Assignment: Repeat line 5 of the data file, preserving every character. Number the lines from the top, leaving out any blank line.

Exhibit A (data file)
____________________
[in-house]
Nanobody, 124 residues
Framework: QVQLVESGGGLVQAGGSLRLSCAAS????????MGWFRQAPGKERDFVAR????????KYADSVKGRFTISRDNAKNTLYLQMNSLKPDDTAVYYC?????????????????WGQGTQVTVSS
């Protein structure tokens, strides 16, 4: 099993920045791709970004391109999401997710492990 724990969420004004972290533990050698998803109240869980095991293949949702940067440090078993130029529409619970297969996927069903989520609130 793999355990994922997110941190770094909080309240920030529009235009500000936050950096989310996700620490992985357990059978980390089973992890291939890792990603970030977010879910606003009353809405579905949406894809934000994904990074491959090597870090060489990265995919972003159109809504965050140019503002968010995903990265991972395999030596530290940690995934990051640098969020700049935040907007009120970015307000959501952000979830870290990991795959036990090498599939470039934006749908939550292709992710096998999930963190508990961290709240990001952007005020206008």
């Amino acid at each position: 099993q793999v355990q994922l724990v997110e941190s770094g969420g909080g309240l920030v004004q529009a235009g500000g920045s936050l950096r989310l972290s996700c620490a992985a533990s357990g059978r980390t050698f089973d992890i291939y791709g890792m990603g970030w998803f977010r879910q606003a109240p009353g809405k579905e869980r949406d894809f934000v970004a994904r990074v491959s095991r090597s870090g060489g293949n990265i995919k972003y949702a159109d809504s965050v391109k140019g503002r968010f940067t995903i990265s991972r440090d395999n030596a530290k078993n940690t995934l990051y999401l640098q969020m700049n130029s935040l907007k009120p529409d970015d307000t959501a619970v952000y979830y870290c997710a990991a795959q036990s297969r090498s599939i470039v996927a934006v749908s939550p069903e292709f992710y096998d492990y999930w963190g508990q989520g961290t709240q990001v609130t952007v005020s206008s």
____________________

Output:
């Amino acid at each position: 099993q793999v355990q994922l724990v997110e941190s770094g969420g909080g309240l920030v004004q529009a235009g500000g920045s936050l950096r989310l972290s996700c620490a992985a533990s357990g059978r980390t050698f089973d992890i291939y791709g890792m990603g970030w998803f977010r879910q606003a109240p009353g809405k579905e869980r949406d894809f934000v970004a994904r990074v491959s095991r090597s870090g060489g293949n990265i995919k972003y949702a159109d809504s965050v391109k140019g503002r968010f940067t995903i990265s991972r440090d395999n030596a530290k078993n940690t995934l990051y999401l640098q969020m700049n130029s935040l907007k009120p529409d970015d307000t959501a619970v952000y979830y870290c997710a990991a795959q036990s297969r090498s599939i470039v996927a934006v749908s939550p069903e292709f992710y096998d492990y999930w963190g508990q989520g961290t709240q990001v609130t952007v005020s206008s």